It’s that time of year. Your to-do list is a mile long. Finding time to cook is tough. Sometimes you don’t even have time to sit down to eat! It’s easy to slip up and make food safety mistakes.
What you really don’t have time for? Getting sick. That would totally ruin your plan to cross items on your list, as well as perhaps cost you a trip to the doctor. Steer clear of these top food safety mistakes to keep your family healthy and happy this holiday season!
- Keeping things neat but not clean. It’s pretty easy to pick up the house so it looks clean. But you may not have the chance to sterilize sponges, wash dishtowels or the sink (which is apparently is the dirtiest spot in the home!) Stock up on sponges and change them out frequently. Make a mental note to sterilize your sponge every time you do your daily _____. Maybe it’s when you’re making your coffee, or take out the trash. Stick a wet cellulose sponge in the microwave for 1 minute. If it’s a scrubber sponge, make it 2. According to the Good Housekeeping Institute, that’s the second best way to sanitize a sponge. The best way? Soak it in a bleach solution for 5 minutes. The recommended bleach solution is 3/4 cup bleach to 1 gallon of water. To make a smaller amount? Add 1 tablespoon of bleach to 10 oz of water–that’s 1 1/4 cup. If laundry is the last thing on your list, buy a stock of hand and dish towels so you have enough without doing a wash for a while. During the holiday meal when lots of people are drying their hands, change the towels often. Or, ask your guests to use paper towels for their hands.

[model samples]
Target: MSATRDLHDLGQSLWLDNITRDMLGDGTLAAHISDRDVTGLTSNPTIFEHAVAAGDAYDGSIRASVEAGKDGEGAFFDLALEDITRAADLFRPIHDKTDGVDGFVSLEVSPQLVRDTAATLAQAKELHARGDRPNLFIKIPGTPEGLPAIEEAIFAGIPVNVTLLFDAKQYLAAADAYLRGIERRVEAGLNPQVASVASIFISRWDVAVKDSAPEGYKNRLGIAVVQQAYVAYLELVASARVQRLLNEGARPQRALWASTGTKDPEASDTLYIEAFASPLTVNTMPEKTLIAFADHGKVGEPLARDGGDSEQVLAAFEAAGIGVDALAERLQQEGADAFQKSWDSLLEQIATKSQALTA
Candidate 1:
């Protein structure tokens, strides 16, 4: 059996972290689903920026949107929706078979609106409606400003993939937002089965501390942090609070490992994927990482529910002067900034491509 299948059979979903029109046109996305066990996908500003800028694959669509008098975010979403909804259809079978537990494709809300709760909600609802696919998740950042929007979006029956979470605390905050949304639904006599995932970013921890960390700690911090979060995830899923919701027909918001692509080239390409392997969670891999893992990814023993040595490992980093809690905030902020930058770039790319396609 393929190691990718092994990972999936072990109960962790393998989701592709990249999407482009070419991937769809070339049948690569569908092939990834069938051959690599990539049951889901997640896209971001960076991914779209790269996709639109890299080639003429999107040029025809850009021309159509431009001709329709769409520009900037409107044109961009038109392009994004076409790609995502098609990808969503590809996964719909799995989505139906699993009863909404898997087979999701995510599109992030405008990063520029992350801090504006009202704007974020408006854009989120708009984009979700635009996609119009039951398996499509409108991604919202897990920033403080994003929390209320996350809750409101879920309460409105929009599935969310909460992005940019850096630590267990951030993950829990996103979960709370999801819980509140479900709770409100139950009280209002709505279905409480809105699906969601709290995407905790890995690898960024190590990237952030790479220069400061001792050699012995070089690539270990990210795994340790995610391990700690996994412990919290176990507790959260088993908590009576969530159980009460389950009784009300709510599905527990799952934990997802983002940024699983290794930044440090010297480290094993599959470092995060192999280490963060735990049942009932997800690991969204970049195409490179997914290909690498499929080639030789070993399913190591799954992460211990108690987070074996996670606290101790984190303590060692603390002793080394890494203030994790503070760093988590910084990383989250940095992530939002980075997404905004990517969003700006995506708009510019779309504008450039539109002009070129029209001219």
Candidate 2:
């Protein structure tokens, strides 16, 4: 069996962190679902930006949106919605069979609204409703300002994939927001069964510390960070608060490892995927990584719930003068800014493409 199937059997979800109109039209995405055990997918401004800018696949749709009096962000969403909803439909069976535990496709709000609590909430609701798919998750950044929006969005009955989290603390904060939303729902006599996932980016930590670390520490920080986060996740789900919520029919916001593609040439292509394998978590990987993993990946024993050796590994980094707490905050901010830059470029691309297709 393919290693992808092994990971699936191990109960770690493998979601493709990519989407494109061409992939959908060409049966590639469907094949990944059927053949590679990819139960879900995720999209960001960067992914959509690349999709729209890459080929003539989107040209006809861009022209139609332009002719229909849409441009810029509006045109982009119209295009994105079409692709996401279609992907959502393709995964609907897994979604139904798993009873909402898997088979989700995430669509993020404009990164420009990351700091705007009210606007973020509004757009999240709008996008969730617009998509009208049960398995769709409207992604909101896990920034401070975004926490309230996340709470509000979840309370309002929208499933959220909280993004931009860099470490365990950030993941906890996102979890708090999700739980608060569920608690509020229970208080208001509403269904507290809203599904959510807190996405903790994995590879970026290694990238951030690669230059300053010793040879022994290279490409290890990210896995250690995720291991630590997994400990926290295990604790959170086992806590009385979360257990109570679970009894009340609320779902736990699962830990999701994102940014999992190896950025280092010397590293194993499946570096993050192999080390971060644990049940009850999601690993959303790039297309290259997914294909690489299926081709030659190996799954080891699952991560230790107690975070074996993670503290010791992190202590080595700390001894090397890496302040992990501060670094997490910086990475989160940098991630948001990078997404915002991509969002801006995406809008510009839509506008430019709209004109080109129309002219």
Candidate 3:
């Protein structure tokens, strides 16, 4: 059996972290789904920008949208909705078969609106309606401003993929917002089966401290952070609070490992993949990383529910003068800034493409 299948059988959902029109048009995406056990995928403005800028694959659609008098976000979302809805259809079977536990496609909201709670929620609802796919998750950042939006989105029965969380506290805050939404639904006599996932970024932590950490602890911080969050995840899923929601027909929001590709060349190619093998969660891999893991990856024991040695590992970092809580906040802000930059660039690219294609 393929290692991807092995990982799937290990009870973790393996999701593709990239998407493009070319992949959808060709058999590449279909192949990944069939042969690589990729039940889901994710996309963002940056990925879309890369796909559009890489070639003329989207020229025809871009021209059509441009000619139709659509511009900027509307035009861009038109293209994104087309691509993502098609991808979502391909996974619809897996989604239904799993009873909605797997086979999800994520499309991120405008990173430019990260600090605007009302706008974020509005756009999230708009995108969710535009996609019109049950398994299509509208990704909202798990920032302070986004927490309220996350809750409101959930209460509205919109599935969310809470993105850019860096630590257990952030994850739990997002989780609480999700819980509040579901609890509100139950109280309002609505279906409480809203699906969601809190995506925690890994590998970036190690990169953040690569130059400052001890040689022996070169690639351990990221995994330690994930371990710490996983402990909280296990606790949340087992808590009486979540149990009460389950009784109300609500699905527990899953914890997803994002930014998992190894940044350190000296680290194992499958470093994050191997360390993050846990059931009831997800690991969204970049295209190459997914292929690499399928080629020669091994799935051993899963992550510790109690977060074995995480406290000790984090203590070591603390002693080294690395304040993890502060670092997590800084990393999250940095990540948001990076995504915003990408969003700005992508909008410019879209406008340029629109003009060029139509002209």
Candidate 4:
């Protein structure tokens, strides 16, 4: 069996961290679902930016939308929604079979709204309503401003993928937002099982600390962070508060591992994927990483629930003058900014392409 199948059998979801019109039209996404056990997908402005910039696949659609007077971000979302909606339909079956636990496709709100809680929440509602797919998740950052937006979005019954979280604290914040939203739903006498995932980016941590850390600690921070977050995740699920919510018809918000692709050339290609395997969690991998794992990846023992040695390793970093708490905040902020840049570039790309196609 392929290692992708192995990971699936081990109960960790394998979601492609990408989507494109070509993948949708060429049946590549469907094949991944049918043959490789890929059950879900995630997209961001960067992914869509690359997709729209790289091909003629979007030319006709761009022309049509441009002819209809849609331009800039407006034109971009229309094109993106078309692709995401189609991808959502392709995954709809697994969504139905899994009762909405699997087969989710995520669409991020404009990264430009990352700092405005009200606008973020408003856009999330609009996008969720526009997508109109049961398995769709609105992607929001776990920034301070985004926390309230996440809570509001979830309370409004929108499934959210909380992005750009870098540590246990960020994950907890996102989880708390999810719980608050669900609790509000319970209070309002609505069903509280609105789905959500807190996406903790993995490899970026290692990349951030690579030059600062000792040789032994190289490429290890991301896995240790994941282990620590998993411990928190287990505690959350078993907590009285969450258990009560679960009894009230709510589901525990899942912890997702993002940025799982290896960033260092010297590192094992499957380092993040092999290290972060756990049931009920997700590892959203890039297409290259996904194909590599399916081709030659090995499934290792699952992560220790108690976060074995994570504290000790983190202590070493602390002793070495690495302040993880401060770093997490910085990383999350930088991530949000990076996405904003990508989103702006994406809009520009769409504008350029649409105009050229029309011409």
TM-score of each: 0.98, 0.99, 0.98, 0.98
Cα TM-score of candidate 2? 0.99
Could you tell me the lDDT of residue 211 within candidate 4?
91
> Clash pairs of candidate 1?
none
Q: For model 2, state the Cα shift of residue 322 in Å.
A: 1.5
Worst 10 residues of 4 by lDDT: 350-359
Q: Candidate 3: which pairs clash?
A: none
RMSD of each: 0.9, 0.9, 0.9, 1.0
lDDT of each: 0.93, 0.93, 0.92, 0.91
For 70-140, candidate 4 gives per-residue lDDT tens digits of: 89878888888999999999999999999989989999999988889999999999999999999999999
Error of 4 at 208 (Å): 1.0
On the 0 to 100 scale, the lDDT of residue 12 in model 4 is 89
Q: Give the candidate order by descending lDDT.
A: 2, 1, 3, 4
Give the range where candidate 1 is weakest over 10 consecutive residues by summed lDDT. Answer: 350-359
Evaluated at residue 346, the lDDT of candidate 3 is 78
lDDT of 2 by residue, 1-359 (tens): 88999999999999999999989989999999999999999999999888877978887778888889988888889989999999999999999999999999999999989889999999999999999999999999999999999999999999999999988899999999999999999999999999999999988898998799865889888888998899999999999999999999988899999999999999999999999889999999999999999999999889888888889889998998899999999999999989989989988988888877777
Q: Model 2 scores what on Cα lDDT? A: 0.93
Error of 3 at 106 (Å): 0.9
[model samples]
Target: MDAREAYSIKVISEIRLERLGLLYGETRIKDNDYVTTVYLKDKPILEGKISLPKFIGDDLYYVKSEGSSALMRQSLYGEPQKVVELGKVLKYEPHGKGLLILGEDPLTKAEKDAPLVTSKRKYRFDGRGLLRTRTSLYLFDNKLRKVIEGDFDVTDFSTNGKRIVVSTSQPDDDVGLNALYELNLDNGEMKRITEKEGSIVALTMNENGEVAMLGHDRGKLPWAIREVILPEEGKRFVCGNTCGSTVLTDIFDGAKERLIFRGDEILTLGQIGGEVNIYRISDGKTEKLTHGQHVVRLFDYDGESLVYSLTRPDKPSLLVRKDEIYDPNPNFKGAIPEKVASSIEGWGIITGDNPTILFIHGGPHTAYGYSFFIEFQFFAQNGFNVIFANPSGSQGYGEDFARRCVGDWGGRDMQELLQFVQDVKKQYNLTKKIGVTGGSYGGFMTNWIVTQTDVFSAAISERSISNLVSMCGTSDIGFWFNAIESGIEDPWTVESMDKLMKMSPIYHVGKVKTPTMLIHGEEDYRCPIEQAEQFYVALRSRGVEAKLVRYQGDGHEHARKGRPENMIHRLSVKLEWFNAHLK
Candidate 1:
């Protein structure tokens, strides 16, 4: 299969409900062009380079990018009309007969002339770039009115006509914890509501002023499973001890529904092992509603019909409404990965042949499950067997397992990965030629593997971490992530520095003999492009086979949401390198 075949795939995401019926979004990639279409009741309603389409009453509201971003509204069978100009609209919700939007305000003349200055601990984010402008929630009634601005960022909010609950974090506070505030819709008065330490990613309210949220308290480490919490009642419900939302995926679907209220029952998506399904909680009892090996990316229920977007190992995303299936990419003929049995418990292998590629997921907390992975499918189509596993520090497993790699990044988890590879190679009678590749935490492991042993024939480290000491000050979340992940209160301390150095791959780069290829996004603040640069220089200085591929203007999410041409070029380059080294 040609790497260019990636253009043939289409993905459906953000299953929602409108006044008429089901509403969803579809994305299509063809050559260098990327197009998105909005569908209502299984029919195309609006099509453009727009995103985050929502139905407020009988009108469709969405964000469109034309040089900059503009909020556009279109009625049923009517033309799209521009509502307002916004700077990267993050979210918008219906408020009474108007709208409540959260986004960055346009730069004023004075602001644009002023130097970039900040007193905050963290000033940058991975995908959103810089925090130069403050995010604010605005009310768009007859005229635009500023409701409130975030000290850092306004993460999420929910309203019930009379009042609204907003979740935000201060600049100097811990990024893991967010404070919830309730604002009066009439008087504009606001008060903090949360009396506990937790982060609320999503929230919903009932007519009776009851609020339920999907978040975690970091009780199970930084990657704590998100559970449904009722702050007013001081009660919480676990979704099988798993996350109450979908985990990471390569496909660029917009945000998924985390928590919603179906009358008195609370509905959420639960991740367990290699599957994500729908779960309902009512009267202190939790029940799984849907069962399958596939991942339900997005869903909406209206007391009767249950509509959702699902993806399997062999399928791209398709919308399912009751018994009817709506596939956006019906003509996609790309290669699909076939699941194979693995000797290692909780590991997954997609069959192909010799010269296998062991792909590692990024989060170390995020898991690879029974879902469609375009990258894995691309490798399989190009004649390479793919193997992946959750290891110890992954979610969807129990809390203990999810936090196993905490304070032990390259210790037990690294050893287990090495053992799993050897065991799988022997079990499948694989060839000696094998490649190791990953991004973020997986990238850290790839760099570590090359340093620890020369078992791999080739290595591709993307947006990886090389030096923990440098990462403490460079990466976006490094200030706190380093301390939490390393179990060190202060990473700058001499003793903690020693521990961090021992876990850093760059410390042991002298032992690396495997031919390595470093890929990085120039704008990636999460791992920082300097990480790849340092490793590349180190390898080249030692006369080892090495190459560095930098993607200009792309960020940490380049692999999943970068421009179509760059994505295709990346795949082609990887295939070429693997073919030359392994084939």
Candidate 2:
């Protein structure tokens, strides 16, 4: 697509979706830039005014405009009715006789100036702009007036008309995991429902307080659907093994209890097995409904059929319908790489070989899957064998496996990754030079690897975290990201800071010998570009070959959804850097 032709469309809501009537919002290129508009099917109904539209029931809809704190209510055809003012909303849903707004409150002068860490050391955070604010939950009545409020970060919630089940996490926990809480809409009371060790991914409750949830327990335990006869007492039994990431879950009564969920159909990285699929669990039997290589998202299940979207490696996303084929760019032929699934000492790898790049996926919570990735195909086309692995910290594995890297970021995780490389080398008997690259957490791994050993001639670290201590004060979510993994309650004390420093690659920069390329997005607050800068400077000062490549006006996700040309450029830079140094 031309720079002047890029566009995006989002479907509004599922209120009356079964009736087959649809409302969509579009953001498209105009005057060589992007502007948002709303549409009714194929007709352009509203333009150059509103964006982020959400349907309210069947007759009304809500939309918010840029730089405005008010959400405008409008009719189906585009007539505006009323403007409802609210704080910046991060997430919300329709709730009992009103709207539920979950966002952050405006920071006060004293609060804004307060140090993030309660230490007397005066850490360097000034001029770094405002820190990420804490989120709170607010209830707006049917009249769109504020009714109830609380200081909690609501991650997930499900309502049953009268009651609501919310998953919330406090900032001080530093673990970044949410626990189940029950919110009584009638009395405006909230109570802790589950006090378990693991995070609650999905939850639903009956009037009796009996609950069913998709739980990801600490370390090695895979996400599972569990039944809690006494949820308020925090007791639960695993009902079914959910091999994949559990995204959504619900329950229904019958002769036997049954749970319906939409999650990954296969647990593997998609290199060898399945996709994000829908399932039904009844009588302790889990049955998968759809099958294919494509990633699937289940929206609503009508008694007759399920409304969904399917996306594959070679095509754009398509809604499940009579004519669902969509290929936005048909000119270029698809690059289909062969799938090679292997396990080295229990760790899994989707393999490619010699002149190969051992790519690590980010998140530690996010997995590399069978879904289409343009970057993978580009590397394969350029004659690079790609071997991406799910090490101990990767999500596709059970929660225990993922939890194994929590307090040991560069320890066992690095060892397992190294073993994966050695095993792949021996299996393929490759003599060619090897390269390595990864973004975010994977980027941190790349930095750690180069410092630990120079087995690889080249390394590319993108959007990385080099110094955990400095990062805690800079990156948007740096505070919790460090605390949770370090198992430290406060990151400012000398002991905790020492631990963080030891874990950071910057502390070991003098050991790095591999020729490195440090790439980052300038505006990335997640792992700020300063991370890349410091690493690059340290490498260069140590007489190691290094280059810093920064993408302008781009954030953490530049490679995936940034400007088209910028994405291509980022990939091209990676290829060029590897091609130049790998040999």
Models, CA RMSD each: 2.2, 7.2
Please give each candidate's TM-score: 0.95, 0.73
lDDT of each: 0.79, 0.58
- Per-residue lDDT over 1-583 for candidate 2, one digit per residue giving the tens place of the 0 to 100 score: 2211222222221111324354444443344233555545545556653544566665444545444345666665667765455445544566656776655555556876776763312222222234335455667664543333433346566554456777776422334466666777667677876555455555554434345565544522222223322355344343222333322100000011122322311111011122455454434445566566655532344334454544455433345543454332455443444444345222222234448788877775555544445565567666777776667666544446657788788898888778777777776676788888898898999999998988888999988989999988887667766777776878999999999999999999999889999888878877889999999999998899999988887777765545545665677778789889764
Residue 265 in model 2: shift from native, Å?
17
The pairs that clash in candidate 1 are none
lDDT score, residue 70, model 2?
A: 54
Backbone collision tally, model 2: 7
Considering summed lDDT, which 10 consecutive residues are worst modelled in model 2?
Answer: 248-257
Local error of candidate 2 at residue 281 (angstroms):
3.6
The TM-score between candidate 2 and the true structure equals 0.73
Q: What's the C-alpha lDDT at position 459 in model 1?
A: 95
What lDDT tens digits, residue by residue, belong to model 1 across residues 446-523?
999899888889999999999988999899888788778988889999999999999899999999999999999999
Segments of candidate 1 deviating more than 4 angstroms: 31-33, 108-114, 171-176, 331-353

- Losing track of leftovers. You’re busy and juggling too many things. How can you possibly remember when hubby bought that rotisserie chicken? Was it over the weekend? Or before that? Ditto with deli meat. It spoils pretty quickly and it’s easy to lose track of, especially hidden in the deli drawer. Here’s a simple way to label leftovers–grab a sharpie! Quickly date prepared foods when you buy or open them. For leftover containers, simply put a piece of scotch tape on top and then date it! Easy-peasy. Check out this chart to see how long it’s safe to keep food, from FoodSafety.gov.
- Not cooking long enough. This is probably the most common of food safety mistakes. When is it done? When the food thermometer says so. Don’t scratch your head any longer, trying to figure out when the roast is ready to serve. Get a quick-read thermometer. Check out this link for Safe Minimum Cooking Temperatures.
- Having Too many cooks. You know that spoils the broth…but it could add up to more food safety mistakes! When you have too many people in the kitchen, you don’t know if they practice the same clean cooking techniques that you do. Do they wash their hands after touching their nose, or even before handling food for the first time? If you’re not sure about your company, think of ways they can help without actually touching the food. For example, pouring nuts into serving dishes or uncorking and serving the wine. And if someone shows up with the the sniffles and wants to help? Tell them their job is to get well and sit them well away from the food prep!
- Disrespecting the two-hour time limit. Time flies when you’re having fun. So it’s easy to keep that cheese and sausage tray out for 4, maybe 5 hours without noticing! Ditto for that Chocolate Soufflé or Crème Brûlé. Same goes even for fruit and veggie trays. (Did you know that many food borne illness outbreaks are from fresh produce?) The reality is, food can begin growing enough bacteria to get you sick after being at room temperature for more than 2 hours (1 hour when it’s 90 degrees or more, such as at your Fourth of July cookout.) Make appetizer trays small so they can be exchanged for another one you keep in the fridge. For a buffet, keep the cold desserts cold until people are ready for them. You can keep food hot by using a warming dish like this or a crock pot, and cold food cold by keeping on ice or using special dishes like this one .
Note: This post contains Amazon affiliate links. Thanks for your support!